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Competition between kaolinite flocculation and stabilization in divalent cation solutions dosed with anionic polyacrylamides
Lee, B.J.; Schlautman, M.A.; Toorman, E.; Fettweis, M. (2012). Competition between kaolinite flocculation and stabilization in divalent cation solutions dosed with anionic polyacrylamides. Wat. Res. 46(17): 5696-5706. hdl.handle.net/10.1016/j.watres.2012.07.056
In: Water Research. Elsevier: Oxford; New York. ISSN 0043-1354, more
Peer reviewed article  

Available in Authors 
    VLIZ: Open Repository 252122 [ OMA ]

Keywords
    Colloids; Divalent cations; Flocculation; Polyelectrolytes; Stabilization; Marine
Author keywords
    Cationic bridge

Authors  Top 
  • Lee, B.J., more
  • Schlautman, M.A.
  • Toorman, E., more
  • Fettweis, M., more

Abstract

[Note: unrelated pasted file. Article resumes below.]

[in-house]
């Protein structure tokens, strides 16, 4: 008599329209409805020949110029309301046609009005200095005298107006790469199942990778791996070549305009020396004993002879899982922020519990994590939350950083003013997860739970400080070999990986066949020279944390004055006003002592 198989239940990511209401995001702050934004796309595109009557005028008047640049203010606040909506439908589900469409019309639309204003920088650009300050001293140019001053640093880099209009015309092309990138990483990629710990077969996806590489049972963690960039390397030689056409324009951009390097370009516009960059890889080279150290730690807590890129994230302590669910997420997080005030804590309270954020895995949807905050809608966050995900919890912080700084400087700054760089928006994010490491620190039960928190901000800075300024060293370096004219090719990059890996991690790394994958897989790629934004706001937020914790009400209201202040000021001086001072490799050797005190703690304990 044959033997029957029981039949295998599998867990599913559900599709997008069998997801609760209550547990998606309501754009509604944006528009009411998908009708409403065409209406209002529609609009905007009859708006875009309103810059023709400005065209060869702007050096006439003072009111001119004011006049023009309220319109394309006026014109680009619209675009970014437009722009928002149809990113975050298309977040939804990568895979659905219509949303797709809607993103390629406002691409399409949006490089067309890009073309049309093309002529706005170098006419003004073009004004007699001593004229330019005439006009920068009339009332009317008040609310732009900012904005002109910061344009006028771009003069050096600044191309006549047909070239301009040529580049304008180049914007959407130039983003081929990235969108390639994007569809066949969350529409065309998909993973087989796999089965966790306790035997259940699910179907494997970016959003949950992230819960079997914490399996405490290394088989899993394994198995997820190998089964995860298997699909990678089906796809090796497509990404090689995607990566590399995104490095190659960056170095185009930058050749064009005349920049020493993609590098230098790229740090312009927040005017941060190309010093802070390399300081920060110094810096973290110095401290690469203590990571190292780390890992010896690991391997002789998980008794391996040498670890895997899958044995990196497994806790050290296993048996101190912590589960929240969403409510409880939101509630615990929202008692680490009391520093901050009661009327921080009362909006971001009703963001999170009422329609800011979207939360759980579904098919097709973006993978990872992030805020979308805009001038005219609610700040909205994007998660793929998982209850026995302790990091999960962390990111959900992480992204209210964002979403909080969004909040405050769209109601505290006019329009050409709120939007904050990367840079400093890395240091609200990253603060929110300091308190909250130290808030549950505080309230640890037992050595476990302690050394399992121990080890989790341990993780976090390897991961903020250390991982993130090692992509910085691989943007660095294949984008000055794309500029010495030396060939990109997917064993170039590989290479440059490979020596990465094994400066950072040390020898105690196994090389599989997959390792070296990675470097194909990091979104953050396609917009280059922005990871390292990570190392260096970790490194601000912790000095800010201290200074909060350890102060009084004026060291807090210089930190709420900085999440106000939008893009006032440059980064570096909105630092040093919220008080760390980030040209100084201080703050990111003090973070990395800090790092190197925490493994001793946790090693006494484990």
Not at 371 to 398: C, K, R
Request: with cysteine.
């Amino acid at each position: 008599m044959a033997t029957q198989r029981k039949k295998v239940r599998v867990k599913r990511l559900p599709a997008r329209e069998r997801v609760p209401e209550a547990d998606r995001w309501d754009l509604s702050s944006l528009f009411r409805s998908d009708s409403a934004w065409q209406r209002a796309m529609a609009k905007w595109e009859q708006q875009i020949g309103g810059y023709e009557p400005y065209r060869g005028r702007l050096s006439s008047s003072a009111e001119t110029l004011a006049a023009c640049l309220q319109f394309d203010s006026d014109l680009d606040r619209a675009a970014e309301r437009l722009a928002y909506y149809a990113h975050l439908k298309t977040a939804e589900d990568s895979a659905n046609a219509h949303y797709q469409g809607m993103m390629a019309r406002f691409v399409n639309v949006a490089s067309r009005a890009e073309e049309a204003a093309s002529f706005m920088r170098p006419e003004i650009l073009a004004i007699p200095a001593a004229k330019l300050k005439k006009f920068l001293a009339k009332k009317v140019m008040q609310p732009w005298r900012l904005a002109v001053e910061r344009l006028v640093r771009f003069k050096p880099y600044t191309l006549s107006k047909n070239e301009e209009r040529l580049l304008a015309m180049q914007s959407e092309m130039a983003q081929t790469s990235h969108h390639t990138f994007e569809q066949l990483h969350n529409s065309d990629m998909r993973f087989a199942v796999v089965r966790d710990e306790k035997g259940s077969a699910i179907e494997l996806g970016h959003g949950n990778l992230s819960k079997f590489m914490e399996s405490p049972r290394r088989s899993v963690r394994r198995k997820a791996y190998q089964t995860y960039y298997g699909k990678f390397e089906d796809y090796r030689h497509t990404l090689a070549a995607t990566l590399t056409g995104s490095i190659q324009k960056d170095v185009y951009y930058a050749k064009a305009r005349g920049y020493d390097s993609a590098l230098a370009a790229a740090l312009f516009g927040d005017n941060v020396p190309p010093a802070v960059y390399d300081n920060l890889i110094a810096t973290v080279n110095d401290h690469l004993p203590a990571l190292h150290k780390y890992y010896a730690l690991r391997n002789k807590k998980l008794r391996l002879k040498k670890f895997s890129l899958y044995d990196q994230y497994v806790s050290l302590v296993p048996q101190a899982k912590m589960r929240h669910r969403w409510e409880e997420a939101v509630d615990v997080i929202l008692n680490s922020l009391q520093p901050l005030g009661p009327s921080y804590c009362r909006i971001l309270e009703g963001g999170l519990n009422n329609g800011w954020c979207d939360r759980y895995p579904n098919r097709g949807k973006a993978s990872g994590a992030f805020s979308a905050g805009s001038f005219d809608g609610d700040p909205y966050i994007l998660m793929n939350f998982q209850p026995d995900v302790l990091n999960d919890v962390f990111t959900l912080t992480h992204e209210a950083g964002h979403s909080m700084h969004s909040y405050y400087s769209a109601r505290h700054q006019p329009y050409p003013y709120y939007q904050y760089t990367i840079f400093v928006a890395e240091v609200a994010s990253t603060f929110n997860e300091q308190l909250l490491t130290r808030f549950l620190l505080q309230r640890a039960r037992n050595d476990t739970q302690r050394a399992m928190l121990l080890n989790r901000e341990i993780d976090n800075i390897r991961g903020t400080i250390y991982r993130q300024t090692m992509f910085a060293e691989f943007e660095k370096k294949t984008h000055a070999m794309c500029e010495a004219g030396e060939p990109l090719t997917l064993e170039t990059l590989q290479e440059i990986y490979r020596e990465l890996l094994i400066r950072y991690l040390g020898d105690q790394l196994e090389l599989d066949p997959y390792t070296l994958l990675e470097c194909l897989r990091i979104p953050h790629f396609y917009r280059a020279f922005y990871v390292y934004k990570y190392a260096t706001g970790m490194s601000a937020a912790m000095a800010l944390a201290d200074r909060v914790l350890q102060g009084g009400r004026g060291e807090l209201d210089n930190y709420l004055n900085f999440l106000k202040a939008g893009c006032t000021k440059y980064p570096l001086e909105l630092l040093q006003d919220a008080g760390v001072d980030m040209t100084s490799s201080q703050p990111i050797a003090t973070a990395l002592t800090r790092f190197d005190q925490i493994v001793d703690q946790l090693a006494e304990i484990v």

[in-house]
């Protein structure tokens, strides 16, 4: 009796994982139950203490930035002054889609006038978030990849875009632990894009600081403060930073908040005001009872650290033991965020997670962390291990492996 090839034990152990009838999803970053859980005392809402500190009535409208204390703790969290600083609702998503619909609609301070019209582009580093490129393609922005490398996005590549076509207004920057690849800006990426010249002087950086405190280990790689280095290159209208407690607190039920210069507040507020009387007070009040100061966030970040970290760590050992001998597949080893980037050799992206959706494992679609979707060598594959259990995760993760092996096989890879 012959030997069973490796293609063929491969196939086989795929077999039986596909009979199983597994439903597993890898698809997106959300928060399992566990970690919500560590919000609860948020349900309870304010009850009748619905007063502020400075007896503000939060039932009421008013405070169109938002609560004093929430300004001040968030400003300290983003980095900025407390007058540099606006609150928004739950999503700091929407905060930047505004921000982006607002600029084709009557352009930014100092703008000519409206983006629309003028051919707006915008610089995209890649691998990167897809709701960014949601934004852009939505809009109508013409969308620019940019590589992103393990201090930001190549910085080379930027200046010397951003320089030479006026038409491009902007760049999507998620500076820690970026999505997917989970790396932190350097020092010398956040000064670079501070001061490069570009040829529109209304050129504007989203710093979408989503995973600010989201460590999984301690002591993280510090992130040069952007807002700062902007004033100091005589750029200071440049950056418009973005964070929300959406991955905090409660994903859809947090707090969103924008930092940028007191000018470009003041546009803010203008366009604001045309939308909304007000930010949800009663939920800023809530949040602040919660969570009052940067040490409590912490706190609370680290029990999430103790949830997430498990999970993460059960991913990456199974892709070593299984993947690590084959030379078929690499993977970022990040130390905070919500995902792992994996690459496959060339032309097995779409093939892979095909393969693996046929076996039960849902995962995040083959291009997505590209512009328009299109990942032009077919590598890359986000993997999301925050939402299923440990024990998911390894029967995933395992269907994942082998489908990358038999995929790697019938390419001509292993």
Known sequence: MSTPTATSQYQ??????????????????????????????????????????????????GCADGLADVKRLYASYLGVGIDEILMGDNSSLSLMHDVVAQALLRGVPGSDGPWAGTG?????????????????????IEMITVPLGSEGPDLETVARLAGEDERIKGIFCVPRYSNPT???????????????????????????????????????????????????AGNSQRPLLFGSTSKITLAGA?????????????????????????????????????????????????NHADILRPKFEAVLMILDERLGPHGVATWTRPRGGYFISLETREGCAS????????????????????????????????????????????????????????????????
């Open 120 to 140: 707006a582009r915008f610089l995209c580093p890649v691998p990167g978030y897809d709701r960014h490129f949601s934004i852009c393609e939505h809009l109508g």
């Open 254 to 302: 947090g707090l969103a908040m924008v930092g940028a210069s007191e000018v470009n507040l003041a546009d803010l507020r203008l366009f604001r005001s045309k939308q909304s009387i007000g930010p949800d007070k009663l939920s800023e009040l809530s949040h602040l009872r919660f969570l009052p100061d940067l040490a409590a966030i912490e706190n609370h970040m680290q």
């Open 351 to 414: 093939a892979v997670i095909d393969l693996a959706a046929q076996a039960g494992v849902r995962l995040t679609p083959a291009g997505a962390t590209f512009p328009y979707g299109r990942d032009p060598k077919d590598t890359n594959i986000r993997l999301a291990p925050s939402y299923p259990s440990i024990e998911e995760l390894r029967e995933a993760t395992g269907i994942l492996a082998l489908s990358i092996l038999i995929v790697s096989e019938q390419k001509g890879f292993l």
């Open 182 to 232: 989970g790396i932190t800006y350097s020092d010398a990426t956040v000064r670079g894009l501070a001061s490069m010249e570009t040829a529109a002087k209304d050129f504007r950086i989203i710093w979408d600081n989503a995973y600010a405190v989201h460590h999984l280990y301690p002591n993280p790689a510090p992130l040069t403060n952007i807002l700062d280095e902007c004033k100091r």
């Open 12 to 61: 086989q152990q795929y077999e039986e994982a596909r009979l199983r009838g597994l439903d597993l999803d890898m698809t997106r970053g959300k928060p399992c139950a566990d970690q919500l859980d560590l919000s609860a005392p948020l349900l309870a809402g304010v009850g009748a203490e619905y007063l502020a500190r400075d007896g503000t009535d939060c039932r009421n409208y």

Divalent cations have been reported to develop bridges between anionic polyelectrolytes and negatively-charged colloidal particles, thereby enhancing particle flocculation. However, results from this study of kaolinite suspensions dosed with various anionic polyacrylamides (PAMs) reveal that Ca2+ and Mg2+ can lead to colloid stabilization under some conditions. To explain the opposite but coexisting processes of flocculation and stabilization with divalent cations, a conceptual flocculation model with (1) particle-binding divalent cationic bridges between PAM molecules and kaolinite particles and (2) polymer-binding divalent cationic bridges between PAM molecules is proposed. The particle-binding bridges enhanced flocculation and aggregated kaolinite particles in large, easily-settleable flocs whereas the polymer-binding bridges increased steric stabilization by developing polymer layers covering the kaolinite surface. Both the particle-binding and polymer-binding divalent cationic bridges coexist in anionic PAM- and kaolinite-containing suspensions and thus induce the counteracting processes of particle flocculation and stabilization. Therefore, anionic polyelectrolytes in divalent cation-enriched aqueous solutions can sometimes lead to the stabilization of colloidal particles due to the polymer-binding divalent cationic bridges.

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